SA wool trio recognised for industry service

Ashby, Brooker-Jones and James receive wool medals


Sheep
INDUSTRY INFLUENCERS: Tom Ashby, North Ashrose stud, Gulnare and Elders district wool manager Steph Brooker-Jones from Lucindale, both received the Wool Industry Medal for their significant contribution to the wool industry.

INDUSTRY INFLUENCERS: Tom Ashby, North Ashrose stud, Gulnare and Elders district wool manager Steph Brooker-Jones from Lucindale, both received the Wool Industry Medal for their significant contribution to the wool industry.

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Three SA wool industry leaders, Mid North stud breeder Tom Ashby, Gulnare, Elders district wool manager Steph Brooker-Jones and Landmark broker Trevor James have been recognised for their significant contributions to the wool industry with Australian Wool Industry Medals.

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Three tireless SA wool industry volunteers have been honoured for their dedication and significant contribution to the industry with Australian Wool Industry Medal awards during Wool Week in Melbourne, Vic, last week.

The awards were presented by the Federation of Australian Wool Organisations chairman David Michell to Elders district wool manager and Sports Shear Australia secretary Steph Brooker-Jones for her work in brokering, shearing and wool handling, while Mid North stud breeder and respected judge Tom Ashby, received his for services to Merino sheep breeding.

Adelaide based broker Trevor James was unable to attend but was acknowledged for his more than 50 years in the industry, including 25 years with Landmark.

Ms Brooker-Jones has been a trailblazer for women as one of the state’s first female professional woolclassers and more recently was the state’s first district wool manager when she joined the company 14 years ago.

The well-known identity says she has enjoyed her 40 years in the industry, especially the travel around Australia but also the United Kingdom, United States and New Zealand.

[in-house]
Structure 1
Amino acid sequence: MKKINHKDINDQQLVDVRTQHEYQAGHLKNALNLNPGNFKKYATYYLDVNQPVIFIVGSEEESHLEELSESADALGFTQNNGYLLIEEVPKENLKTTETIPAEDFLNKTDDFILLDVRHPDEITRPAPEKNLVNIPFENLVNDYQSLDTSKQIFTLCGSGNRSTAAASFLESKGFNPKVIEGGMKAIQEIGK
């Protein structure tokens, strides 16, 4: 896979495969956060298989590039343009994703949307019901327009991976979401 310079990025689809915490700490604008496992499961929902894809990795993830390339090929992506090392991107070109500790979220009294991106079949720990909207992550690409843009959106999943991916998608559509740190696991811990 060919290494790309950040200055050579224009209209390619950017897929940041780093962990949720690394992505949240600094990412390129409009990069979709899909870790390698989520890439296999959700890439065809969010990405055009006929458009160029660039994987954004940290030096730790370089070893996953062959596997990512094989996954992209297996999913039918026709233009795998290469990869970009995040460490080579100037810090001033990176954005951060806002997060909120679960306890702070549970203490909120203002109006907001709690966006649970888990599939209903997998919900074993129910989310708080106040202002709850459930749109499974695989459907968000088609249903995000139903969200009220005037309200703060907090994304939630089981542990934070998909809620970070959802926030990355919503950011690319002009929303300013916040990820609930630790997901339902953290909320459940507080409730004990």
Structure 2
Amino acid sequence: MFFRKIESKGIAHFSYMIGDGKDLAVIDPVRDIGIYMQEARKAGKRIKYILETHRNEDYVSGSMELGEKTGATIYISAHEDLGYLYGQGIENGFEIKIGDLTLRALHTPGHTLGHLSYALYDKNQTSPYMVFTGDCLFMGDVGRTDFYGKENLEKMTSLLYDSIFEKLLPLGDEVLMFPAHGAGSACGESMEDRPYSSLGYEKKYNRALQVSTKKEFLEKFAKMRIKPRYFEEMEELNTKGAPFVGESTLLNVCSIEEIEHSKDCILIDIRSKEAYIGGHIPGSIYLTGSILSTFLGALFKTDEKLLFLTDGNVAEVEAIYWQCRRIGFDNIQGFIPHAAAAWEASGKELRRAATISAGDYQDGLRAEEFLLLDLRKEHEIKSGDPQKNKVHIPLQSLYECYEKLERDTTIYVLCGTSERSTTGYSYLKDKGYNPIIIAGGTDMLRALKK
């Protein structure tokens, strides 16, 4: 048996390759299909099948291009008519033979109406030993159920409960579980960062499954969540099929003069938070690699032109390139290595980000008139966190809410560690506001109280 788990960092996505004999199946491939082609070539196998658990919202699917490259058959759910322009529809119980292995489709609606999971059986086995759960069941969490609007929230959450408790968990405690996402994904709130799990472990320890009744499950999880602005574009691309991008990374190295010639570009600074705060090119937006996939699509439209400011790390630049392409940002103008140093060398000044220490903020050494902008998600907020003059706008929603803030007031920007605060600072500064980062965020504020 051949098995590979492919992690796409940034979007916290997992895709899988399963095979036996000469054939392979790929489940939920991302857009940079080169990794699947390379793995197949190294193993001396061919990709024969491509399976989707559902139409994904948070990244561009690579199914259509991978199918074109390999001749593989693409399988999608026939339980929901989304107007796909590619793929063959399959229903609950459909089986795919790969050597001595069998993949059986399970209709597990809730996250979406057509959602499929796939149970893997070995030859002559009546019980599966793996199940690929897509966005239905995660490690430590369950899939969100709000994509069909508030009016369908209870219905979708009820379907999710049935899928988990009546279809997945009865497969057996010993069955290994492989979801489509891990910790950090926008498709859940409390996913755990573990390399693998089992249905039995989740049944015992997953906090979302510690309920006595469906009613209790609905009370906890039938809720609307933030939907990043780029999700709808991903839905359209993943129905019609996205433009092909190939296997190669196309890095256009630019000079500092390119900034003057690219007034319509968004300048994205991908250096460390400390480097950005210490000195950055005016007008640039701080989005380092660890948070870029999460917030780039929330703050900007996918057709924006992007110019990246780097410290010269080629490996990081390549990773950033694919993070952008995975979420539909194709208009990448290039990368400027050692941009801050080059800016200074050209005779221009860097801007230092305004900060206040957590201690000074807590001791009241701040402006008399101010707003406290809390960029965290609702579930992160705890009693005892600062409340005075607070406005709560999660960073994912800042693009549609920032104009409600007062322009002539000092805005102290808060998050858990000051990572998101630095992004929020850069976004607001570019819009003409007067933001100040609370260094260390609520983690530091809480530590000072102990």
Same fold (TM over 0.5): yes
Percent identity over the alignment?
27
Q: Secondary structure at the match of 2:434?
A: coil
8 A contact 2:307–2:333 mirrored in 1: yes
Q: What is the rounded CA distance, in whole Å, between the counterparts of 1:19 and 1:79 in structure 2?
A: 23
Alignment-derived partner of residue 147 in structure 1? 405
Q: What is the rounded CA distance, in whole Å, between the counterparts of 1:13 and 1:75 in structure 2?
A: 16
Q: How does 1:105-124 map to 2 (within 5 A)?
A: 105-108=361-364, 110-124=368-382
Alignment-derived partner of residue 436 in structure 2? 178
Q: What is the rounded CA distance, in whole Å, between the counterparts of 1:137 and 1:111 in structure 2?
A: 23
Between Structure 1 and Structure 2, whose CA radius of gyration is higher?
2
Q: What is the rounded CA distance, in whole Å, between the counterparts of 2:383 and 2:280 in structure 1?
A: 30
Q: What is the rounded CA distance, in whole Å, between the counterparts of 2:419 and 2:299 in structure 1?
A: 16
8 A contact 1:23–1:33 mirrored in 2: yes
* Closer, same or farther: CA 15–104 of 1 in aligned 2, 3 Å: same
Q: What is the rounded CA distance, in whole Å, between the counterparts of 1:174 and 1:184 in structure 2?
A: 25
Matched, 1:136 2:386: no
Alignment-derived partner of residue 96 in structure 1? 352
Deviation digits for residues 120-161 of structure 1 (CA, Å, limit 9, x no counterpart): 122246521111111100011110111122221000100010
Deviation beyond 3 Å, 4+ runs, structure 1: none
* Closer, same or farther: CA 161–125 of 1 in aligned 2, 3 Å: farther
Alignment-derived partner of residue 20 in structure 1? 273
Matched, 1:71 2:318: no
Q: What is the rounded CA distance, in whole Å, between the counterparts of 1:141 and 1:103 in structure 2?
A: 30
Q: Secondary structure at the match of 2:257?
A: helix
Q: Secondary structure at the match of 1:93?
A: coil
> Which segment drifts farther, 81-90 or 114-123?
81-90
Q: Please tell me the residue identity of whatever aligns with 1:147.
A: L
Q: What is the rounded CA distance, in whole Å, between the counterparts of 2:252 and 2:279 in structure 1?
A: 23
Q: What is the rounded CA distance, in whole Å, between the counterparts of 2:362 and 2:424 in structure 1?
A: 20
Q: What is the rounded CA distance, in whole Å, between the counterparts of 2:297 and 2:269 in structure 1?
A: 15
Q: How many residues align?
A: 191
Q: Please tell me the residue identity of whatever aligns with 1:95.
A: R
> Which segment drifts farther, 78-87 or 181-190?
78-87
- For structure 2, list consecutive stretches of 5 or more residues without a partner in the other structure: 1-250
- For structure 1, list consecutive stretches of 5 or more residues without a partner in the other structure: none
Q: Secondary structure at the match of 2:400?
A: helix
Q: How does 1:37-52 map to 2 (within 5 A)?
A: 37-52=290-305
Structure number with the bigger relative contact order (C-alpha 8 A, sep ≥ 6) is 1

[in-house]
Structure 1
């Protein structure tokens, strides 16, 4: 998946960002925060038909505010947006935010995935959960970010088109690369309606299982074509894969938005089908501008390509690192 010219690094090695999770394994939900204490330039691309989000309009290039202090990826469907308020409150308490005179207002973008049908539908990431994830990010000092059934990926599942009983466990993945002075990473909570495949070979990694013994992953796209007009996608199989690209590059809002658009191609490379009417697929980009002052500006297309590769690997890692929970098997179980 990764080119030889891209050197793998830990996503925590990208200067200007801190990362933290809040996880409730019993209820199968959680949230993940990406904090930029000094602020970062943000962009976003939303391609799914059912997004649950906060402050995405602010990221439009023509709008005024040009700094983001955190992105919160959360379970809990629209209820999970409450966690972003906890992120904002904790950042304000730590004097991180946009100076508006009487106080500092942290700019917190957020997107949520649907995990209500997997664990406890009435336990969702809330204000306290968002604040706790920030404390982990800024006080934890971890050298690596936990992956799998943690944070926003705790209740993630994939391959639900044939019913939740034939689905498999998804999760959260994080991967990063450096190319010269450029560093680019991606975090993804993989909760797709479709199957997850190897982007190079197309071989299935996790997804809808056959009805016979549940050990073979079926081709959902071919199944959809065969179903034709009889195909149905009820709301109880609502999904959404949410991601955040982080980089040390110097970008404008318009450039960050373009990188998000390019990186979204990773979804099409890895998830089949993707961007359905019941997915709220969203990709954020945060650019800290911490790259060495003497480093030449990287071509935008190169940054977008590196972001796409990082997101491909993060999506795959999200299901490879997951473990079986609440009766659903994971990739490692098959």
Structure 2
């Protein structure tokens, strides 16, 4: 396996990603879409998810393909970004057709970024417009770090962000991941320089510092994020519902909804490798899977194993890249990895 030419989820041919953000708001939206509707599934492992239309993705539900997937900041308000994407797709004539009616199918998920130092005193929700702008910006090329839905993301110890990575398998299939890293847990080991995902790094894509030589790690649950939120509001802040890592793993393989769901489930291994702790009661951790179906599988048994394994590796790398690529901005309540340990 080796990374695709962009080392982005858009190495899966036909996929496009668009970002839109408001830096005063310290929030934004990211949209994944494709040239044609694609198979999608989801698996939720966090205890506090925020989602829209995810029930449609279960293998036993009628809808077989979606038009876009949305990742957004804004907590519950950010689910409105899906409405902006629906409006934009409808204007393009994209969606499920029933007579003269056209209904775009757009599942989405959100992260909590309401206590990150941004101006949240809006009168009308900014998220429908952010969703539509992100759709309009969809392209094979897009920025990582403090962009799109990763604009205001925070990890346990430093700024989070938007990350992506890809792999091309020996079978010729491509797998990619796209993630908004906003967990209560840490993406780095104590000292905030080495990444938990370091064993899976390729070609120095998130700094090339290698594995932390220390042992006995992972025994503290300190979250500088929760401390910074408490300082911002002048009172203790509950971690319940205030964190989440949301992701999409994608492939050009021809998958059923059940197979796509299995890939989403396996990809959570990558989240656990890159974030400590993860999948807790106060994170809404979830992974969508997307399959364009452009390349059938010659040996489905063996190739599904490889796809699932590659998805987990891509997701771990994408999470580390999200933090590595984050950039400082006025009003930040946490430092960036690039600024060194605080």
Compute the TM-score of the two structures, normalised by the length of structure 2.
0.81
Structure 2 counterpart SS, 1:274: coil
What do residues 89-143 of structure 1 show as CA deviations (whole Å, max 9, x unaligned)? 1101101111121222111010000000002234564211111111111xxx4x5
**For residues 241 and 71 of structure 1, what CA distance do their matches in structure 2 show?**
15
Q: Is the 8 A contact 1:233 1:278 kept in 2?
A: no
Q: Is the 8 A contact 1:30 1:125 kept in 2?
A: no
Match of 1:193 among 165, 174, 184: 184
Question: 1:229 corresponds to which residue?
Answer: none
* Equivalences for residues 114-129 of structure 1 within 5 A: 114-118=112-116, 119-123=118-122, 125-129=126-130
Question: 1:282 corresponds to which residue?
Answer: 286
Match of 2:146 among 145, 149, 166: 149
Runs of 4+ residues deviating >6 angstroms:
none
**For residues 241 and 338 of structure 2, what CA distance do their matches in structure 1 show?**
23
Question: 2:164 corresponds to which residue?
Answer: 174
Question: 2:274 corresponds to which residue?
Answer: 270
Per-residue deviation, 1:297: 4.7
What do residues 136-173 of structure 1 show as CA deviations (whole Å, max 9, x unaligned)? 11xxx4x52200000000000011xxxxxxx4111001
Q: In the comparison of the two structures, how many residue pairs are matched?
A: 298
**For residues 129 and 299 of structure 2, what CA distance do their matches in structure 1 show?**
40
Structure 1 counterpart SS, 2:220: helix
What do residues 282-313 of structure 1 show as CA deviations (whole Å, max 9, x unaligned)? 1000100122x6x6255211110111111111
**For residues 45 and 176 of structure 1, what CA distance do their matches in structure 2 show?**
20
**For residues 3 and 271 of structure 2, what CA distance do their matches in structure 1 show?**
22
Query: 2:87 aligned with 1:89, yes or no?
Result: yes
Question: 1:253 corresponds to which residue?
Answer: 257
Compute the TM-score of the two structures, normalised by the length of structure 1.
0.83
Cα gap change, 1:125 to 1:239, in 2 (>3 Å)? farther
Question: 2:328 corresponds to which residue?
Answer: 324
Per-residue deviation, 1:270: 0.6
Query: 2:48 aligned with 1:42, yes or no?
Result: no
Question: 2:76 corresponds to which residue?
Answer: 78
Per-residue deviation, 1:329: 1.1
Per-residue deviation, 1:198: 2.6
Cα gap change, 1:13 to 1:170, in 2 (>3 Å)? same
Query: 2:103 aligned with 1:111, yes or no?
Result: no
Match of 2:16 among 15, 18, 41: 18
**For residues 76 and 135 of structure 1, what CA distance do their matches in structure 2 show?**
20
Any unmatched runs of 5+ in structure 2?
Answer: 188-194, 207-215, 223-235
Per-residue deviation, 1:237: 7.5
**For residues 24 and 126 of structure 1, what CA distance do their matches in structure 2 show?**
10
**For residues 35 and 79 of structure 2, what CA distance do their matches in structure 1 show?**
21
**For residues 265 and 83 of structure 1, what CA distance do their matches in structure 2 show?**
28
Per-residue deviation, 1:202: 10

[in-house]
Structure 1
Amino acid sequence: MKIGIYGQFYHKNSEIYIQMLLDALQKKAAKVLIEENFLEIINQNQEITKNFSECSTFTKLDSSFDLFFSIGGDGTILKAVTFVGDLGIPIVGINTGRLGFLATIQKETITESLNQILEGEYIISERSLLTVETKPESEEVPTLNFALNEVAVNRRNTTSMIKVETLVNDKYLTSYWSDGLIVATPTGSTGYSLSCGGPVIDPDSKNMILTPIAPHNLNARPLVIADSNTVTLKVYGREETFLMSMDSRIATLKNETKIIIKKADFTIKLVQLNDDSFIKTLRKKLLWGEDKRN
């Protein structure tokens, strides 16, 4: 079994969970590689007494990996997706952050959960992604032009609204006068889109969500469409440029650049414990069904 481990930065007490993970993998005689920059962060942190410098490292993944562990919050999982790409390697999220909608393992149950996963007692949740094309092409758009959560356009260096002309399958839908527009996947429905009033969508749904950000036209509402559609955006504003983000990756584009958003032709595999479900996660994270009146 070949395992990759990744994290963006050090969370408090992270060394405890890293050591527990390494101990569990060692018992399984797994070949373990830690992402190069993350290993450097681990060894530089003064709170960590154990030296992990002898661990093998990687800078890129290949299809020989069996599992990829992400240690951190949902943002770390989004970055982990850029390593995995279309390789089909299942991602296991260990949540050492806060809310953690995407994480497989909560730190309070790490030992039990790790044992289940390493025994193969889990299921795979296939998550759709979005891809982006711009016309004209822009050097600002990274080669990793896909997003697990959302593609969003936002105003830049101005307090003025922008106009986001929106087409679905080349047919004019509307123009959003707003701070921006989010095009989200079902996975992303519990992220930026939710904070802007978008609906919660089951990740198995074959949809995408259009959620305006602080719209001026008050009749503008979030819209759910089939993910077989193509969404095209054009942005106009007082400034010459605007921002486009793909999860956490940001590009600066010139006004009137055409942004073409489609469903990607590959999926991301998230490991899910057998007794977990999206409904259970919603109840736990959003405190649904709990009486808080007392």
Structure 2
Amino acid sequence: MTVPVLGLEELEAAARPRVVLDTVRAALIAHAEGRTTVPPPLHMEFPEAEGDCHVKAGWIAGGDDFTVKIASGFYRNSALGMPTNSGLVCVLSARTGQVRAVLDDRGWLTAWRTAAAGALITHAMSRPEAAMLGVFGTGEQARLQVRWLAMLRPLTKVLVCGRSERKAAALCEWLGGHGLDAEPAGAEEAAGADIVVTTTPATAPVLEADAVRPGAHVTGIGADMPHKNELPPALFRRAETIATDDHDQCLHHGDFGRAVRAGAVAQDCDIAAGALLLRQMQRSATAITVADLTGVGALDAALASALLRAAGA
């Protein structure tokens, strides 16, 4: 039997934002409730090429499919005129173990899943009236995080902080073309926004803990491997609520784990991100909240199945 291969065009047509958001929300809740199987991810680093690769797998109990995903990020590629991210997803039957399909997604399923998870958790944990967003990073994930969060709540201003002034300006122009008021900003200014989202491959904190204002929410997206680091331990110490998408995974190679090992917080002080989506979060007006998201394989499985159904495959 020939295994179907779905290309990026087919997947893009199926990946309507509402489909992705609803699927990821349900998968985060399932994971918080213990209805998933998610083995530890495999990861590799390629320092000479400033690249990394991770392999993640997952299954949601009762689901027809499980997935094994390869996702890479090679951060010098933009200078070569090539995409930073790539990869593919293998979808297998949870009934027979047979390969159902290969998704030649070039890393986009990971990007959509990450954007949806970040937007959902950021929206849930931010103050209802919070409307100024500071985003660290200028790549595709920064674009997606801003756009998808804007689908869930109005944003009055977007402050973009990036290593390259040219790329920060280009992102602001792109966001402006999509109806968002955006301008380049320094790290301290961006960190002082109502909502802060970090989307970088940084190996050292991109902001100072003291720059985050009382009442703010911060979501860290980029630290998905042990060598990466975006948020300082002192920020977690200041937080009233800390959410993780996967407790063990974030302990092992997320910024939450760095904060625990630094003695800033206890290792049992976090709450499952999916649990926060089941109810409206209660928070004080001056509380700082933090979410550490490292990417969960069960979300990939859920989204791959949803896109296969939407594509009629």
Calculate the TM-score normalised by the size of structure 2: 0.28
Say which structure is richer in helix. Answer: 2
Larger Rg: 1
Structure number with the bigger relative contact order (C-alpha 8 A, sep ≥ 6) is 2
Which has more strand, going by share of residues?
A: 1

‘I picked up a shearer along the way (her husband David Brooker) and a quality one at that so I have been lucky that we have been a pretty good team,” she said.

“The bonus is meeting all the friends in the sheds or the clients, many of which are pretty good mates.”

She served as Sportshear Australia chair from 2013 to 2016 and is the current secretary but has been involved with the SA branch for nearly 25 years.

She has also been an enthusiastic volunteer at young judges competition and schools for many years, encouraging the next generation into the sheep and wool industry.

“It was completely random that I chose the wool industry but I really appreciate the opportunities it has given me,” she said.

“Anyone that is interested I am keen to help.”

Ms Brooker-Jones says it has been pleasing to see growers enjoying great returns.

“I remember when we didn’t want to see a wool broker in the shed because all they were delivering was bad news and to see it turn around like 25 years later, I am just so happy to be part of it.”

Fellow SA recipient, Mid North stud breeder Tom Ashby has helped the North Ashrose stud grow from strength to strength since the early 1980s, but his influence breeding Merinos has gone far wider.

After a long-running involvement with the SA Stud Merino Breeders he served as president of the Australian Stud Merino Breeders Association from 2006 to 2012 and has just completed a four-year term as president of the World Federation of Merino Breeders.

Mr Ashby, who is also a life member of Merino SA, says it has been really rewarding holding industry positions.

“If people don’t stand up for their industry nothing happens,” he said.

“ I have met some many good people and had such a good insight into the whole industry.”

He says his greatest highlight has been working with clients across Australia and overseas, particularly South America, to improve their flocks while at the same time lifting the quality of their own stud flock.

“The industry is going along so well, it is just a pity there is a raging drought across about two thirds of Australia when we should be reaping the rewards.”

“We are really marketing wool to the world much better than we did in my early breeding years and the product is so much better.” he said.

Mr Ashby says it has been really rewarding working with young people coming through the industry over the past 15 years, including implementing the Breeding Leadership course in 2002 which is now a national event.

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